James Macpherson

1736 - 1796


Fragments of Ancient Poetry

Collected in the Highlands of Scotland










AUTUMN is dark on the mountains; grey miſt reſts on the hills. The whirlwind is heard on the heath. Dark rolls the river through the narrow plain. A tree ſtands alone on the hill, and marks the grave of Connal. The leaves whirl round with the wind, and ſtrew the grave of the dead. At times are ſeen here the ghoſts of the deceaſed, when the muſing hunter alone ſtalks ſlowly over the heath.

WHO can reach the ſource of thy race, O Connal? and who recount thy Fathers? Thy family grew like an oak on the mountain, which meeteth the wind with its lofty head. But now it is torn from the earth. Who ſhall ſupply the place of Connal? [p.24]

HERE was the din of arms; and here the groans of the dying. Mournful are the wars of Fingal! O Connal! it was here thou didſt fall. Thine arm was like a ſtorm; thy ſword, a beam of the ſky; thy height, a rock on the plain; thine eyes, a furnace of fire. Louder than a ſtorm was thy voice, when thou confoundedſt the field. Warriors fell by thy ſword, as the thiſtle by the ſtaff of a boy.

DARGO the mighty came on, like a cloud of thunder. His brows were contracted and dark. His eyes like two caves in a rock. Bright roſe their ſwords on each ſide; dire was the clang of their ſteel.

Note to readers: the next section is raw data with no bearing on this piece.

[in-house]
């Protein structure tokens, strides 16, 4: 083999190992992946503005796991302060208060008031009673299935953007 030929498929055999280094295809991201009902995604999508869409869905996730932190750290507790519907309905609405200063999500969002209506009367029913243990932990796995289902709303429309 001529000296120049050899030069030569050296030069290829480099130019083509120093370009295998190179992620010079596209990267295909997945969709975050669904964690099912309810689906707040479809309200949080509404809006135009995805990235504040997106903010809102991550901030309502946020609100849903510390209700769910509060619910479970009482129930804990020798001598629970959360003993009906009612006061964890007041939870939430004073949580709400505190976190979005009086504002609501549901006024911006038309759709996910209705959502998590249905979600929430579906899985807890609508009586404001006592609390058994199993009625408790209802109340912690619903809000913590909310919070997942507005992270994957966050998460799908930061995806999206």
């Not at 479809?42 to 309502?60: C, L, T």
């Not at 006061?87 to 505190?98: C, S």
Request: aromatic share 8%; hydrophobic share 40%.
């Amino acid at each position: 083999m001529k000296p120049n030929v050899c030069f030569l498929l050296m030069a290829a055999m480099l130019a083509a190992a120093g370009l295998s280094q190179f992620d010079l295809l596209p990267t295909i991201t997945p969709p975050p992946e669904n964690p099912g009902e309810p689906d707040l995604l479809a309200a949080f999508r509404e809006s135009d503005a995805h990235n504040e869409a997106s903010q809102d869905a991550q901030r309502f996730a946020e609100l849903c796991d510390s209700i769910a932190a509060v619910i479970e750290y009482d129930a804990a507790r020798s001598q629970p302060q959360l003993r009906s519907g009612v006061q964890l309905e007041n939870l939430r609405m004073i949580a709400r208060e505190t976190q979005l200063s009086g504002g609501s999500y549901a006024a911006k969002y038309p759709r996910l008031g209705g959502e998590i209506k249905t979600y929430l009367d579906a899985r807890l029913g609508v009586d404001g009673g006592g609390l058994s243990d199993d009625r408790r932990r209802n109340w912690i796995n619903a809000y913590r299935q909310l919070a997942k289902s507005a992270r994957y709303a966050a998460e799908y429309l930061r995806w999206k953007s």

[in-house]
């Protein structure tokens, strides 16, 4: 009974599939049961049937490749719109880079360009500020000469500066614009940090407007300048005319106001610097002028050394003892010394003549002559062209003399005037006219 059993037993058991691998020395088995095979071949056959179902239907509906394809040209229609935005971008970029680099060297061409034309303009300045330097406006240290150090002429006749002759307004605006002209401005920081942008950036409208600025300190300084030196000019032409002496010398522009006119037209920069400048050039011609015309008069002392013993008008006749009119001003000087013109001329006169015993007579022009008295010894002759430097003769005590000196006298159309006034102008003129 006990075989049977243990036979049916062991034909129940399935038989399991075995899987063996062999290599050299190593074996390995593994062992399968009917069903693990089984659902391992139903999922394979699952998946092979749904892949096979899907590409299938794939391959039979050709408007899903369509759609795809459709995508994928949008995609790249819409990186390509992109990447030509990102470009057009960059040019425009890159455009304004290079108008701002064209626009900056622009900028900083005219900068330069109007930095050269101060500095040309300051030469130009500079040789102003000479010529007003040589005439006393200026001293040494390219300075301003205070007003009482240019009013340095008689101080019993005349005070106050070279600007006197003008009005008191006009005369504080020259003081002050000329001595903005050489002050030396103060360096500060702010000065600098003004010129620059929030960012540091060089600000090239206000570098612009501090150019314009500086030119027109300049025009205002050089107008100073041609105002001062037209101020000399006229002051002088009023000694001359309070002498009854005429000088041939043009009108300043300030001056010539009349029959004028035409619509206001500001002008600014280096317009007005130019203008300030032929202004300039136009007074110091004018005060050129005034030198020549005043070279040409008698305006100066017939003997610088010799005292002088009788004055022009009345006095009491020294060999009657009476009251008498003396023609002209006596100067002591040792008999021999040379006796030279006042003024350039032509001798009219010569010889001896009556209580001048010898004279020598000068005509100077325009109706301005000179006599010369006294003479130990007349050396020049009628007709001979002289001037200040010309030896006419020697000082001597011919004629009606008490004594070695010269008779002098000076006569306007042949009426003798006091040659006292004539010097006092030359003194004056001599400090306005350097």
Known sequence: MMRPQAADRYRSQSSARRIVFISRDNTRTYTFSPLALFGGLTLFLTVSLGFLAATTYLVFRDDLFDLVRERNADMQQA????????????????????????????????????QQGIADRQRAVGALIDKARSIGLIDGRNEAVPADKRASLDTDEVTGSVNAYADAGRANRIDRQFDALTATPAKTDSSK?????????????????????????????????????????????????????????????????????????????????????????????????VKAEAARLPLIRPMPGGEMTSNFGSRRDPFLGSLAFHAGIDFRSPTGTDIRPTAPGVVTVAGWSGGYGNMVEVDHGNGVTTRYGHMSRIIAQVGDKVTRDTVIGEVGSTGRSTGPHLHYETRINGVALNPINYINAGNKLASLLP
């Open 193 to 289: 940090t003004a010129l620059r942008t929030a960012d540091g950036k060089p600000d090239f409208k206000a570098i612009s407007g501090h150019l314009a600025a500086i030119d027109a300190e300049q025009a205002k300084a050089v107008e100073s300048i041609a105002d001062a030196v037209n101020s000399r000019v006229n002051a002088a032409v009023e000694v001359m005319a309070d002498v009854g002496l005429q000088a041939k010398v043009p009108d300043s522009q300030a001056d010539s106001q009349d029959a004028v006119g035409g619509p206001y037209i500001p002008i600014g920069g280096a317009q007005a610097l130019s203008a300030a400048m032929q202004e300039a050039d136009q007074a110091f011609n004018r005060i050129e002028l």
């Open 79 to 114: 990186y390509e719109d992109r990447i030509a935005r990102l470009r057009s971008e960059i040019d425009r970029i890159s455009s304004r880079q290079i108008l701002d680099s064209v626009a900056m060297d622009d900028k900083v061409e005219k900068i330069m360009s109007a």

THE daughter of Rinval was near; Crimora, bright in the armour of man; her hair looſe behind, her bow in her hand. She followed the youth to the [p.25] war, Connal her much beloved. She drew the ſtring on Dargo; but erring pierced her Connal. He falls like an oak on the plain; like a rock from the ſhaggy hill. What ſhall ſhe do, hapleſs maid!—He bleeds; her Connal dies. All the night long ſhe cries, and all the day, O Connal, my love, and my friend! With grief the ſad mourner died.

EARTH here incloſeth the lovelieſt pair on the hill. The graſs grows between the ſtones of their tomb; I ſit in the mournful ſhade. The wind ſighs through the graſs; and their memory ruſhes on my mind. Undiſturbed you now ſleep together; in the tomb of the mountain you reſt alone.